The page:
China’s Role in Myanmar’s Dangerous Jade Trade

by Guest Blogger for Elizabeth C. Economy
Jade-trade-11-2-15 A man checks the quality of a jade stone found in the mine dump piled by major mining companies at a jade mine in Hpakant township in Myanmar's Kachin State, January 10, 2010. (Soe Zeya Tun/Reuters)

Gabriel Walker is a research associate in Asia Studies at the Council on Foreign Relations.

In late October, Global Witness released an important report that systematically explored Myanmar’s jade industry, calling it the “biggest natural resource heist in modern history.” The mining and trade of the gem have been catalogued by journalists, photographers, and authors in the past, but most accounts only mention China’s economic role in driving demand for jade. Read more »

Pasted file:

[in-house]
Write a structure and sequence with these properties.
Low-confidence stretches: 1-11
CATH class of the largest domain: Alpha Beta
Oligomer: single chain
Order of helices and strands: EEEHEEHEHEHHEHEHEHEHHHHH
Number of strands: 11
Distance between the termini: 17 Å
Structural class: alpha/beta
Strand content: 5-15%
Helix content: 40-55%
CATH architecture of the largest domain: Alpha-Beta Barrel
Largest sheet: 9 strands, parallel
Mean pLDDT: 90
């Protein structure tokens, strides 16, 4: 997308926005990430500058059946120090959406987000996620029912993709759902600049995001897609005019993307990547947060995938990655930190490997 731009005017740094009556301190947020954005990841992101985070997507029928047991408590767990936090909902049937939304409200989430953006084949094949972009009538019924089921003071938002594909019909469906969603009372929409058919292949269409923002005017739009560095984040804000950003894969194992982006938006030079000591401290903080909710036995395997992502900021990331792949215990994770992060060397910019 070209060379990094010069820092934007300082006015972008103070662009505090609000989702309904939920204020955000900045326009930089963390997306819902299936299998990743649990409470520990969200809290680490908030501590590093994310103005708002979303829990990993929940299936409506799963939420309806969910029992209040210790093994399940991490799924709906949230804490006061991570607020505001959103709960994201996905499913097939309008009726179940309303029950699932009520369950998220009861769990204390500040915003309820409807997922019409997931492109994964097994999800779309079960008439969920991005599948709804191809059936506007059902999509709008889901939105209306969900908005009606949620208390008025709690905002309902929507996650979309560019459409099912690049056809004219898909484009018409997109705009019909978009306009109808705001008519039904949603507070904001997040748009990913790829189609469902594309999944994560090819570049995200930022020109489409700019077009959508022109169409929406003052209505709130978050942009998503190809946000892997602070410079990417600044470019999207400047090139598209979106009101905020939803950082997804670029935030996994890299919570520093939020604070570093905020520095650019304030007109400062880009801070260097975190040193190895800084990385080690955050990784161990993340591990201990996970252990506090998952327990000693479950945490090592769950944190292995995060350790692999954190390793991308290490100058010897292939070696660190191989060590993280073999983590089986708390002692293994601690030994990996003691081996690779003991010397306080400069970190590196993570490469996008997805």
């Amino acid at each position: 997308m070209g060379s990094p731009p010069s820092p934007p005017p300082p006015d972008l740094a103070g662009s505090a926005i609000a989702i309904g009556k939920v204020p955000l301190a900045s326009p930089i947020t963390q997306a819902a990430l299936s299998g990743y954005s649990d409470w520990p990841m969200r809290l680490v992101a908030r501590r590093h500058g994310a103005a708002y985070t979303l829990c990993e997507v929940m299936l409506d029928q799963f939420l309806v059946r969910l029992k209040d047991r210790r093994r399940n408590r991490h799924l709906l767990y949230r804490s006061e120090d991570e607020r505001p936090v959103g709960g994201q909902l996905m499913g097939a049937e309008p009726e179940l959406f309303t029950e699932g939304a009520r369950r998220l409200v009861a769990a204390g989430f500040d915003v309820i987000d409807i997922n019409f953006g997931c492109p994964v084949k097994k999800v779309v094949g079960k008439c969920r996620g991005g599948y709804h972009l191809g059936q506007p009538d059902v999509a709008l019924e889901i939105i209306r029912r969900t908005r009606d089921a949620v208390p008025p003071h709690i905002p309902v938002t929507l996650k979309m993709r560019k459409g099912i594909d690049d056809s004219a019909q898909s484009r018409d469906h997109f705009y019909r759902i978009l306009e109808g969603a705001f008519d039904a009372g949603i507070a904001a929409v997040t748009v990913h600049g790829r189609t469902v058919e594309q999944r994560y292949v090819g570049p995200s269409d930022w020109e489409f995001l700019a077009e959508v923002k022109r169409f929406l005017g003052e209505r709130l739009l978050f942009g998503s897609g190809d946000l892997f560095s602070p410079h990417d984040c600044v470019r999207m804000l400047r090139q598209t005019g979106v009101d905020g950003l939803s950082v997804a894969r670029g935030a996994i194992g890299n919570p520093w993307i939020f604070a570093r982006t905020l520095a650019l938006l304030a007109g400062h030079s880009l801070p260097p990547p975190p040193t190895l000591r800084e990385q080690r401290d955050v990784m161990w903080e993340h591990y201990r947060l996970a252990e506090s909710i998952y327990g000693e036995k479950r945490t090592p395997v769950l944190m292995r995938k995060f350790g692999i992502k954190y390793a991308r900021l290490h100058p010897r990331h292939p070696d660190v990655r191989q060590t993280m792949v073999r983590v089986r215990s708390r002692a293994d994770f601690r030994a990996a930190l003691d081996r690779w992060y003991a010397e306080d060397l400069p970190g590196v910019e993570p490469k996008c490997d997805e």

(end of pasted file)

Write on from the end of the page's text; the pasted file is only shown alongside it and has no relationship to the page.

Will Irregularities and Fraud Spoil Myanmar’s Election?

by Joshua Kurlantzick
myanmar-election-NLD-rally Myanmar pro-democracy leader Aung San Suu Kyi gives a speech to supporters during her campaign rally for the upcoming general election in her constituency Kawhmu township, Yangon division on October 24, 2015. (Soe Zeya Tun/Reuters)

On November 8, Myanmar will hold its first free national elections in twenty-five years. If the vote goes smoothly and the results are respected by all actors in the country, Myanmar could have its first democratically elected government since the early 1960s. Yet despite the excitement building over the election, and the vibrant campaigning going on across the country (itself a sign of the freedoms unleashed in Myanmar), the past few weeks have caused some Myanmar politicians and international observers to worry that this election will be fraudulent, and that a large proportion of voters will be denied the chance to call ballots. Read more »

Friday Asia Update: Top Five Stories for the Week of October 16, 2015